The Great MMPB Vanishing Act

By Joe Moore

In a recent article in The New York Times, it was revealed that according to a survey last month from the Association of American Publishers, mass-market paperback sales have decreased by 14% since 2008. According to the article, there are a couple of factors responsible. Heavily discounted hardcover pricing from the chain stores and online sellers have contributed. Second, the increase in the trade paperback format as an alternative. Although a soft cover book, the trade paperback is larger, can command a higher price than the MMPB, and is usually a better quality product from a production standpoint. A third factor is the rapid rise of the e-book’s popularity, which is priced at or below MM prices and aimed directly at the MMPB reader as an attractive alternative.

The mass-market paperback was developed in the late 1930s to create an efficient, affordable, and highly portable form of printing books for the masses. One of the first to succeed in the venture was Simon & Schuster which created the Pocket Books imprint. It was so successful that the term “pocket book” became synonymous with paperback. Two of the most notable books published in pocket editions were James Hilton’s Lost Horizon and Pearl Buck’s The Good Earth. Both appeared in paperback in 1939. A number of companies followed after Pocket Book’s concept including Ace, Dell, Bantam and Avon.

Today, according to the NYT’s article, many big box stores and national chains are gradually shrinking their shelf space for MMPBs and using the space for more hardcovers and trade paperbacks. These include Hudson, Barnes & Noble, and Wal-Mart.

The slow vanishing act of the MMPB is another sign of a changing marketplace for the publishing industry. Once a devoted reading fan purchases a device on which to read electronic publications, the advantages of e-books over MMPBs are compelling. These include similar pricing, portability, convenience, and the immediate availability of the book as opposed to waiting a year for the paperback version of a hardcover.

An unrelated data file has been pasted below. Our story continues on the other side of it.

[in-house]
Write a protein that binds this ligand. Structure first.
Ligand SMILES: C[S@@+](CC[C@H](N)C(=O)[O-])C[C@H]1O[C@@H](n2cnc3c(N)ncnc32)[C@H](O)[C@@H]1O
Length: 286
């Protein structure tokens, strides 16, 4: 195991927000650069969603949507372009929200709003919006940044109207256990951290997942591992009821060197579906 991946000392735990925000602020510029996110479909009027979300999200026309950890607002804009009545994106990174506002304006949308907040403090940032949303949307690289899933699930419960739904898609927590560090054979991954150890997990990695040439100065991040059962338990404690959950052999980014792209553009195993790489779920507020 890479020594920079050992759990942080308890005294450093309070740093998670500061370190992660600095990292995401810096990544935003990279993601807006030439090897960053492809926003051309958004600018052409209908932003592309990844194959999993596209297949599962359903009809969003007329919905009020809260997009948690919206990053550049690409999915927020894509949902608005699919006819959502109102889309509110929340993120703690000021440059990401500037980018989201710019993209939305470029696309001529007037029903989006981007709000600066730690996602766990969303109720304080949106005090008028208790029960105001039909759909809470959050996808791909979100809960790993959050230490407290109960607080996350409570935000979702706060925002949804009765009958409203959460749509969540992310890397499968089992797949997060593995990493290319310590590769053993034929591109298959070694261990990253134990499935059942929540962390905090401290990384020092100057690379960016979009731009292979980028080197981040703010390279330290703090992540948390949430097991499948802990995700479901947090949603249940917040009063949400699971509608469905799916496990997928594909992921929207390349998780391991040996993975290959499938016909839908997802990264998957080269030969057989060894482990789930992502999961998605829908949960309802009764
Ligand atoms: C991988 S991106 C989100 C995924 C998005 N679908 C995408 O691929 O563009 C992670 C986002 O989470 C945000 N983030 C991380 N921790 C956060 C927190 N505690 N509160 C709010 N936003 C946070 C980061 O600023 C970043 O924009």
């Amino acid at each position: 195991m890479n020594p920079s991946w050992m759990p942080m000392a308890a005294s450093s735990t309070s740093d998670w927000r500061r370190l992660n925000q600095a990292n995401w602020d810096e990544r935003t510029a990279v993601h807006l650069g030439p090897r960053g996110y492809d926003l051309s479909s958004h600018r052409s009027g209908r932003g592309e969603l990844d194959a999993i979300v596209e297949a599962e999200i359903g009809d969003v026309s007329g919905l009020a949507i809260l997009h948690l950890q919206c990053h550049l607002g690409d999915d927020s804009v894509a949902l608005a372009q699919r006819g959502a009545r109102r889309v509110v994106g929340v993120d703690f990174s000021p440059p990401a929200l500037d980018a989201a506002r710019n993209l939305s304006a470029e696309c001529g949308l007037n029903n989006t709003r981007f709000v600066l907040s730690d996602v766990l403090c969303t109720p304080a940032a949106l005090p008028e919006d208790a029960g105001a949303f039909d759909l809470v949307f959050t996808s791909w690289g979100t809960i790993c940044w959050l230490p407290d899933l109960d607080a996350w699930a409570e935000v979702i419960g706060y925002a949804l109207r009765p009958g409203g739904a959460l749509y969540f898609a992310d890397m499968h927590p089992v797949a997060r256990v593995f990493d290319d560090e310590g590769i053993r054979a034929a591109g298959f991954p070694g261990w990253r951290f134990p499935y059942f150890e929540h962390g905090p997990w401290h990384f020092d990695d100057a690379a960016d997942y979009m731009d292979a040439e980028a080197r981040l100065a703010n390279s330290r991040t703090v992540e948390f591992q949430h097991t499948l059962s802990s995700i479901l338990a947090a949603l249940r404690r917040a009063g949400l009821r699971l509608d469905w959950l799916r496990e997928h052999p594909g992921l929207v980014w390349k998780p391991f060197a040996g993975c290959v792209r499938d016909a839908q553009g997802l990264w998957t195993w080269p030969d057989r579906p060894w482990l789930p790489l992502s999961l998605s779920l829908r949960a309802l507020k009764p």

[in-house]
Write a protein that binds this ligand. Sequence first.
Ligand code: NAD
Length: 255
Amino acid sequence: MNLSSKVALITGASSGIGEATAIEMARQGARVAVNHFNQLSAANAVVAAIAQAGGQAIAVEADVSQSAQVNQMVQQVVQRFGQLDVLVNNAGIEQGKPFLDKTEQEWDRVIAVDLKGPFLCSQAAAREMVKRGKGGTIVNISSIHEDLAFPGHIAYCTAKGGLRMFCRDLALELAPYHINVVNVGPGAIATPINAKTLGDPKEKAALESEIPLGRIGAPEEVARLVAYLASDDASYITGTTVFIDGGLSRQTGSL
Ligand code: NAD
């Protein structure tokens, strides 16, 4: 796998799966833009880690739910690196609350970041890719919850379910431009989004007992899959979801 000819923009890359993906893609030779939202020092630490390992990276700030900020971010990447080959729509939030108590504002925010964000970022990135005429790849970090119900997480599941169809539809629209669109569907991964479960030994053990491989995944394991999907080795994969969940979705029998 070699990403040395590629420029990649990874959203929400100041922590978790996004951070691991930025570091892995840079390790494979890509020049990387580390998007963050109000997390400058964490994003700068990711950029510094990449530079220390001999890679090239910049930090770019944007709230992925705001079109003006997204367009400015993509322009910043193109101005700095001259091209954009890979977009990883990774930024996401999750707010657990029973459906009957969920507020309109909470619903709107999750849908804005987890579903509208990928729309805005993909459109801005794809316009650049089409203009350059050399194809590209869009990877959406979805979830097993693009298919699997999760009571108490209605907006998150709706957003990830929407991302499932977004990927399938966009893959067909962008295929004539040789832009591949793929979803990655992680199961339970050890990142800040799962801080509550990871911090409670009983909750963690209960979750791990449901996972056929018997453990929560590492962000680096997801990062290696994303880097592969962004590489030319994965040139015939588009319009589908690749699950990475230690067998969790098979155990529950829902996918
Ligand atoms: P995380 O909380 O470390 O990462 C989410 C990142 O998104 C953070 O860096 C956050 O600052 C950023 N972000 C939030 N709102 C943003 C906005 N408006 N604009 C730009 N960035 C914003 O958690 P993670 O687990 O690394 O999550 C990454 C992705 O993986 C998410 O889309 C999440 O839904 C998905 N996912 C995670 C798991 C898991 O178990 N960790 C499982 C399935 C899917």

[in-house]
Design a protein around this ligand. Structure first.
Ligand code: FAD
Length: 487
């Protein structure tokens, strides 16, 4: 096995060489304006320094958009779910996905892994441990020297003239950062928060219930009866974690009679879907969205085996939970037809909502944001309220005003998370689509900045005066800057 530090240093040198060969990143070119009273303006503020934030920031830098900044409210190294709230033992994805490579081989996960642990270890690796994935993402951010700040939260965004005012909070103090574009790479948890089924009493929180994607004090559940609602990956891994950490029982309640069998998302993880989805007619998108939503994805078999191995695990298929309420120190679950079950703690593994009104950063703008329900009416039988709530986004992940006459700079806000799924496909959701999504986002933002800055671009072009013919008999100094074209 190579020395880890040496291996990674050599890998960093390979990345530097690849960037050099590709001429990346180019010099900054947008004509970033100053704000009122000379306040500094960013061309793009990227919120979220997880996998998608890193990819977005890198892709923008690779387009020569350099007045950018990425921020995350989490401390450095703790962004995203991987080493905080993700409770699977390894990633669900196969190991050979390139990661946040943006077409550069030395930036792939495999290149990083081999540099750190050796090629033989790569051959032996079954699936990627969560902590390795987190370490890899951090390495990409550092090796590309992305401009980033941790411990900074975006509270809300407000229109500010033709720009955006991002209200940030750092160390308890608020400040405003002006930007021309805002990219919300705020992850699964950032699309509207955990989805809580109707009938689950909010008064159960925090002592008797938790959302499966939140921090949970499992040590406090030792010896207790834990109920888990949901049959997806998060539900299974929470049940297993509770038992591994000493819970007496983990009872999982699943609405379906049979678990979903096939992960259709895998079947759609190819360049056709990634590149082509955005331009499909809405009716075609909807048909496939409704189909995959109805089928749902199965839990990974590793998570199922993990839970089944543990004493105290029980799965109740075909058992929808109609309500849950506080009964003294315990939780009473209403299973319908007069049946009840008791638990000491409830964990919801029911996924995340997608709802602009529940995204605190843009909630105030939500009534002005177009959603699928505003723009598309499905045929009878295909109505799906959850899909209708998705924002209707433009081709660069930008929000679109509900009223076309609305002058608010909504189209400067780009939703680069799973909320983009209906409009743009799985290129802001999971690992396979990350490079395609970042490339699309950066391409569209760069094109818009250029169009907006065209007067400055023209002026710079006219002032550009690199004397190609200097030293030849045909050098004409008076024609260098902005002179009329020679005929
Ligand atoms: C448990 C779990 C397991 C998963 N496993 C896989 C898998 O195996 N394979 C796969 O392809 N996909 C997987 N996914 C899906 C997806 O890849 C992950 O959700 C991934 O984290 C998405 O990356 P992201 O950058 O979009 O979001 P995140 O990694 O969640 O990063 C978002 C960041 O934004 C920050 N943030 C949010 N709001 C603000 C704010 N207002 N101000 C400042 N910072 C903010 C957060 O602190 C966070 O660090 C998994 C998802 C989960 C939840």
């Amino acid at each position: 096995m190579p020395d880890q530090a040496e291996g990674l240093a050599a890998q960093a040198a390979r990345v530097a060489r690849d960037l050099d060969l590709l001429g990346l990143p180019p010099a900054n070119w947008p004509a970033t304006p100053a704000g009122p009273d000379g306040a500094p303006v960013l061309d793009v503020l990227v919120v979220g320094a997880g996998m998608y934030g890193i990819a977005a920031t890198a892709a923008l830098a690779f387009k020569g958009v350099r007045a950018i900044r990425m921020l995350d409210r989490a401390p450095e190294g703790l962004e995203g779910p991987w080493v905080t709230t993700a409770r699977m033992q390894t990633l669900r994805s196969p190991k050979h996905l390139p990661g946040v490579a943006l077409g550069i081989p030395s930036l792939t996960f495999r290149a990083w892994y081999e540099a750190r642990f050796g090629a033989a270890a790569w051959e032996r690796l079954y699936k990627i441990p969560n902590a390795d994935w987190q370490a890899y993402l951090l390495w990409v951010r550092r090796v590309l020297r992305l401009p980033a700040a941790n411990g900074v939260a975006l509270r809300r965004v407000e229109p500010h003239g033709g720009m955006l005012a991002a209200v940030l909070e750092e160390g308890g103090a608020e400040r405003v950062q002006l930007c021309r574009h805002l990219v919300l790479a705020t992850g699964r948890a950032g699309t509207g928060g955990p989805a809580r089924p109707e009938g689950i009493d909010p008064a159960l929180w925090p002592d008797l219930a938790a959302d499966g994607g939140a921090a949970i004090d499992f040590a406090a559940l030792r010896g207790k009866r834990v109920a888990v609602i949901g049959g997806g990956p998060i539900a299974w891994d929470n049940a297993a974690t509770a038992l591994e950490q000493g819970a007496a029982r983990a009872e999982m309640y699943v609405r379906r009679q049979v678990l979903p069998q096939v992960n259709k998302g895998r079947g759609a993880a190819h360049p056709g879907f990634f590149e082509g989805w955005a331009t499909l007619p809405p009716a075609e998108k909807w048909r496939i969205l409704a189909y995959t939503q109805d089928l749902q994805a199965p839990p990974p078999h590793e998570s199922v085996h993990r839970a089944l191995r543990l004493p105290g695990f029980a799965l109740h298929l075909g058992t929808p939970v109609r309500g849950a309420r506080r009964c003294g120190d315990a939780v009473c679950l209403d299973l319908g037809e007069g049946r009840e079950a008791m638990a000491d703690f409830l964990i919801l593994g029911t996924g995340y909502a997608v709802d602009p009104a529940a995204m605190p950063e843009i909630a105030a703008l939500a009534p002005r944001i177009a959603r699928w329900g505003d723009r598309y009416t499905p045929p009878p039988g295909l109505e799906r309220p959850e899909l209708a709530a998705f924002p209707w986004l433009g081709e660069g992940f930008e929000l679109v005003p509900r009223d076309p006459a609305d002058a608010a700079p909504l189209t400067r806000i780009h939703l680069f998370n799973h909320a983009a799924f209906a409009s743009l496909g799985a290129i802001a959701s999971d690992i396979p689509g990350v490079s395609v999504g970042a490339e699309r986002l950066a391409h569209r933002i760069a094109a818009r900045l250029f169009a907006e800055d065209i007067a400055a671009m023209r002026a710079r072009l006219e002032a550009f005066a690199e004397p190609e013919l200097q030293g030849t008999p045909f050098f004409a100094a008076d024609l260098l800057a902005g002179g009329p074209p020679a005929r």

Next time you walk into your favorite drugstore, airport, mall store, or newsstand, check for yourself. It doesn’t take long to realize that the MMPBs are disappearing right before your eyes.

If you’re an author and are being published as original mass market, what is your agent or editor telling you about the future? Are you going to be converted over to trade format or e-book only? And for readers, are you still buying mass market paperbacks? New? Used? Or have you made the transition to some other format?

PBO Prejudice

By John Gilstrap

“The only bad news is that it will be published as a paperback original.” That’s what my agent told me when she called a year ago to reveal the otherwise wonderful news about my new contract with Pinnacle to launch the Jonathan Grave thriller series. (No Mercy arrives in bookstores on July 7.) My previous agent once told me that it is better not to be published at all than to be published as a paperback original.